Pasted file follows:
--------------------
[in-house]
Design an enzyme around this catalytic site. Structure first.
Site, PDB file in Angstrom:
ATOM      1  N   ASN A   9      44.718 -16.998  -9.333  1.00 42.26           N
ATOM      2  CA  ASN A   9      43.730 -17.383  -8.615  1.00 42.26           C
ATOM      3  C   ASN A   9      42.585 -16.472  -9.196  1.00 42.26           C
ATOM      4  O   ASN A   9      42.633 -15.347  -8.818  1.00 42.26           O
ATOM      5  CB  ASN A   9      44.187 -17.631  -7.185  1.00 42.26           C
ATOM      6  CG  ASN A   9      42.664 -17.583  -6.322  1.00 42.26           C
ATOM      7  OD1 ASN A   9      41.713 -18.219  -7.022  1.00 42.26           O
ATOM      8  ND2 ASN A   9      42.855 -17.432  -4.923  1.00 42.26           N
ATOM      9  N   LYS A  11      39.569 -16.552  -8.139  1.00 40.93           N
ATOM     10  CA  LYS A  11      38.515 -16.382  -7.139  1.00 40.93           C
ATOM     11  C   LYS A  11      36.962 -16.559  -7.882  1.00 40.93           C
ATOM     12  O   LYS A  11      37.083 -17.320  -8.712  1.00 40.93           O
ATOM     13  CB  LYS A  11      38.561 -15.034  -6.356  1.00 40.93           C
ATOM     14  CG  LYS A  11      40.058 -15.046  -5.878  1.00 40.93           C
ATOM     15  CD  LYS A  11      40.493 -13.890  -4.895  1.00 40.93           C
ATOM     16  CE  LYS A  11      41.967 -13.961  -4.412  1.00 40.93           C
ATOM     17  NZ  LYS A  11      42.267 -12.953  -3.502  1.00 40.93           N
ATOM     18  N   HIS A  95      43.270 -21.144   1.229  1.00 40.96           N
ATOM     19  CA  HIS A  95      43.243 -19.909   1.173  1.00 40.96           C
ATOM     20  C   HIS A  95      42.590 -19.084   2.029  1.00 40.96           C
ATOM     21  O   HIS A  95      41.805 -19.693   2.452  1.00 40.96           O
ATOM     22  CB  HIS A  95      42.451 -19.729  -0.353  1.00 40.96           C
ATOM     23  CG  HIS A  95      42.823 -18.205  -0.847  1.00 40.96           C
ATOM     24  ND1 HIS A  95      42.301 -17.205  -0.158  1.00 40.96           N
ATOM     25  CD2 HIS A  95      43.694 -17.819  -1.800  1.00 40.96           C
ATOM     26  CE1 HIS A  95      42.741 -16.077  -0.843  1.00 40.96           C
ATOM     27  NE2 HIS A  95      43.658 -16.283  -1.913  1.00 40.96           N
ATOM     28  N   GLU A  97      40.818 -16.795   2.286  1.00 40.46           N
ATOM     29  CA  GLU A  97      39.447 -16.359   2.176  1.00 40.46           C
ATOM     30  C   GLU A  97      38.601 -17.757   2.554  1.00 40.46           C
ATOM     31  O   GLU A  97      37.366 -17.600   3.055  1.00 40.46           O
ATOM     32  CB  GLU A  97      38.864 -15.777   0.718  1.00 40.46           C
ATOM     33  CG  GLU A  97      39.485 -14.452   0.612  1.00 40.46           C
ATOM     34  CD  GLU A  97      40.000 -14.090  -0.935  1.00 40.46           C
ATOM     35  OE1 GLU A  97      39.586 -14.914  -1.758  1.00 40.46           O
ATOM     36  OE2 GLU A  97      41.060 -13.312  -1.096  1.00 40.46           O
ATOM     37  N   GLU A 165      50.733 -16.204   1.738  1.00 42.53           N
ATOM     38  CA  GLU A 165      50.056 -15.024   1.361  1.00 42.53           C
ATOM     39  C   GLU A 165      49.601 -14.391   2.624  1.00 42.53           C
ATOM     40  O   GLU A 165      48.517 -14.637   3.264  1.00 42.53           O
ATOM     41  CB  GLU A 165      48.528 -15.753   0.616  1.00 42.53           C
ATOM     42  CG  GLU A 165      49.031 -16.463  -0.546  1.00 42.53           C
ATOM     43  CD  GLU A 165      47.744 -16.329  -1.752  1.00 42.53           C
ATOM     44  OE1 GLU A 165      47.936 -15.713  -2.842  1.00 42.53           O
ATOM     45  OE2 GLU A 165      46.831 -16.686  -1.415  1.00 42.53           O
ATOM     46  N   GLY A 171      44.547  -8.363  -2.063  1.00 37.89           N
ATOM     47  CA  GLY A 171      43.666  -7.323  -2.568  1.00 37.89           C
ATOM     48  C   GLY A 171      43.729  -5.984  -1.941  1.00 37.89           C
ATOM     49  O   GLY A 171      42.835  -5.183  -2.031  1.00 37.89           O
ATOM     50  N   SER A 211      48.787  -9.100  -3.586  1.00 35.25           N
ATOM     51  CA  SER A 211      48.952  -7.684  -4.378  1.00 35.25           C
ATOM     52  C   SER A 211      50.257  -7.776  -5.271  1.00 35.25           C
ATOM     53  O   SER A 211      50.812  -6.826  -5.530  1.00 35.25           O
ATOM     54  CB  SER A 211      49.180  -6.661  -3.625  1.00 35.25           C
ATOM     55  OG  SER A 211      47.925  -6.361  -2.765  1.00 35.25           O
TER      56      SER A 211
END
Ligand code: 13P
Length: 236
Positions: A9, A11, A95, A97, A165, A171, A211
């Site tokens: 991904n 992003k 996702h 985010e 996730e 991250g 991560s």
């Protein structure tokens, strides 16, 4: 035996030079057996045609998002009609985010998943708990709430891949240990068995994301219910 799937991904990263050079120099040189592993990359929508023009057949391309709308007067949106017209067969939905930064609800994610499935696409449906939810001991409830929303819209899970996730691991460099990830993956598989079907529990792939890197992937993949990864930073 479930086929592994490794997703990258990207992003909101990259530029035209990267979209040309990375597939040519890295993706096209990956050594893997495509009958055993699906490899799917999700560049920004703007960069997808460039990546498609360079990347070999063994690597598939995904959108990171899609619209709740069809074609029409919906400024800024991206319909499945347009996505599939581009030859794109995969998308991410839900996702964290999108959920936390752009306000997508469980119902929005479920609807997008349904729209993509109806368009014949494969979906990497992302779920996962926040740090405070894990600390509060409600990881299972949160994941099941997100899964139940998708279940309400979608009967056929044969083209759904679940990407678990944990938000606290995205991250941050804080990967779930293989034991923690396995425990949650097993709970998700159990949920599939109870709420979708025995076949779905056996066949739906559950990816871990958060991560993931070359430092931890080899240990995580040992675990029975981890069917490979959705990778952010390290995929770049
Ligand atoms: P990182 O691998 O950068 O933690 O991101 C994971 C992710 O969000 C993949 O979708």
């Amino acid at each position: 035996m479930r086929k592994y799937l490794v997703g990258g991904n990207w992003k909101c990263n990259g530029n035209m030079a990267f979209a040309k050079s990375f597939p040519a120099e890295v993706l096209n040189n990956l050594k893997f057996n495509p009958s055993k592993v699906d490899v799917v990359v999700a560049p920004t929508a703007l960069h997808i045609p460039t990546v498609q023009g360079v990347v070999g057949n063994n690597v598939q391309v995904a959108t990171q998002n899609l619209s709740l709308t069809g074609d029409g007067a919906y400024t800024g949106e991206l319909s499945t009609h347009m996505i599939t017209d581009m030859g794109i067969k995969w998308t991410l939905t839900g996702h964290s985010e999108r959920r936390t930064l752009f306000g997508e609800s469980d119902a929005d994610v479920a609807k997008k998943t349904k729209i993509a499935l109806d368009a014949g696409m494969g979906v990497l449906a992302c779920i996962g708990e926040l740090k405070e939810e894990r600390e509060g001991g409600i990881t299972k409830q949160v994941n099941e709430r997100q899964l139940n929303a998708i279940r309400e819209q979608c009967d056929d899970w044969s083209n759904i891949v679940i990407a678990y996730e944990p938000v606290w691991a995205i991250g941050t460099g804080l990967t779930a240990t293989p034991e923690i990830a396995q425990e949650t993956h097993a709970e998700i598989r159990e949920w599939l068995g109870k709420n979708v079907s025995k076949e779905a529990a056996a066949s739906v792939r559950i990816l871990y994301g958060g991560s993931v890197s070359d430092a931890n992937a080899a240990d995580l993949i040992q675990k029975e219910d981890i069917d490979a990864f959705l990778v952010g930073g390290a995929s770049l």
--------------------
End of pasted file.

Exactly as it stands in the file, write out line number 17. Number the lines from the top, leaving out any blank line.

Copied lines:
ATOM     14  CG  LYS A  11      40.058 -15.046  -5.878  1.00 40.93           C